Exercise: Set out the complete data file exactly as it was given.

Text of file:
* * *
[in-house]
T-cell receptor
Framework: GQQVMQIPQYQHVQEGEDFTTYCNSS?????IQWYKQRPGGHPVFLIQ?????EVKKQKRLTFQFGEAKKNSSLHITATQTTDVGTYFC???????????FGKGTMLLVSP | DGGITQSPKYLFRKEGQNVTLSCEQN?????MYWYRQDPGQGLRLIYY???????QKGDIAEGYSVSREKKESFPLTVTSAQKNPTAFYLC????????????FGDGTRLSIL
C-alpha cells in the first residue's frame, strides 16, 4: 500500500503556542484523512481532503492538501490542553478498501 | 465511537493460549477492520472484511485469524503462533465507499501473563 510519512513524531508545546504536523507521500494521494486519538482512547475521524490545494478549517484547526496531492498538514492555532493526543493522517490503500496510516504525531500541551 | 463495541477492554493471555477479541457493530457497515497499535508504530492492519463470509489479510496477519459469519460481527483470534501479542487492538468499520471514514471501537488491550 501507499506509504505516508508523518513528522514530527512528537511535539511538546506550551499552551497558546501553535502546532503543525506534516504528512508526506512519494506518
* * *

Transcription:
[in-house]
T-cell receptor
Framework: GQQVMQIPQYQHVQEGEDFTTYCNSS?????IQWYKQRPGGHPVFLIQ?????EVKKQKRLTFQFGEAKKNSSLHITATQTTDVGTYFC???????????FGKGTMLLVSP | DGGITQSPKYLFRKEGQNVTLSCEQN?????MYWYRQDPGQGLRLIYY???????QKGDIAEGYSVSREKKESFPLTVTSAQKNPTAFYLC????????????FGDGTRLSIL
C-alpha cells in the first residue's frame, strides 16, 4: 500500500503556542484523512481532503492538501490542553478498501 | 465511537493460549477492520472484511485469524503462533465507499501473563 510519512513524531508545546504536523507521500494521494486519538482512547475521524490545494478549517484547526496531492498538514492555532493526543493522517490503500496510516504525531500541551 | 463495541477492554493471555477479541457493530457497515497499535508504530492492519463470509489479510496477519459469519460481527483470534501479542487492538468499520471514514471501537488491550 501507499506509504505516508508523518513528522514530527512528537511535539511538546506550551499552551497558546501553535502546532503543525506534516504528512508526506512519494506518